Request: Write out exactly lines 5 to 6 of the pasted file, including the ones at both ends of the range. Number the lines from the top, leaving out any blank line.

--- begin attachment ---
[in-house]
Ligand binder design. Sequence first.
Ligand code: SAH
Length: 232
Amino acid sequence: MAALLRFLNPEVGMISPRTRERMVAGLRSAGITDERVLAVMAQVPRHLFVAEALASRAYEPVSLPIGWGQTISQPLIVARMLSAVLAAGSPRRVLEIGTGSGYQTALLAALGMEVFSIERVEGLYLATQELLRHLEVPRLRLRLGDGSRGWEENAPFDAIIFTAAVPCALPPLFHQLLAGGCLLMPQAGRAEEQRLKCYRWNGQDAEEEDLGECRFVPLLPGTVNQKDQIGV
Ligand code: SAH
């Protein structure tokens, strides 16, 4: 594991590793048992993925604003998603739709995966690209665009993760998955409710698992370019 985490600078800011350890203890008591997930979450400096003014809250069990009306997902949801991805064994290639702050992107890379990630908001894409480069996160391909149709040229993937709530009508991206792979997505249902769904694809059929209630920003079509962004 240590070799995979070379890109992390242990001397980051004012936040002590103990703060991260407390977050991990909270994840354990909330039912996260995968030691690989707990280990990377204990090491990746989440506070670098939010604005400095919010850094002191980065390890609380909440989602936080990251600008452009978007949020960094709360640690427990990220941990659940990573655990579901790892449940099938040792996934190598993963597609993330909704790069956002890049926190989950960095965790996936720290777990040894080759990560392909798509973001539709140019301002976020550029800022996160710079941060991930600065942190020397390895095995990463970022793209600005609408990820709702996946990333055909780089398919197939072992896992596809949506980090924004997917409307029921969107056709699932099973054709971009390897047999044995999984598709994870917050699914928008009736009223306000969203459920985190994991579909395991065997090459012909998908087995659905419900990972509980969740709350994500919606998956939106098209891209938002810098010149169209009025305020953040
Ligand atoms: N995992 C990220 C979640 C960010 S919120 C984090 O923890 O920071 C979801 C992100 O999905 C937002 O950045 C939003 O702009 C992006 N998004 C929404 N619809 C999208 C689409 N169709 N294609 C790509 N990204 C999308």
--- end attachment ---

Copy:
Amino acid sequence: MAALLRFLNPEVGMISPRTRERMVAGLRSAGITDERVLAVMAQVPRHLFVAEALASRAYEPVSLPIGWGQTISQPLIVARMLSAVLAAGSPRRVLEIGTGSGYQTALLAALGMEVFSIERVEGLYLATQELLRHLEVPRLRLRLGDGSRGWEENAPFDAIIFTAAVPCALPPLFHQLLAGGCLLMPQAGRAEEQRLKCYRWNGQDAEEEDLGECRFVPLLPGTVNQKDQIGV
Ligand code: SAH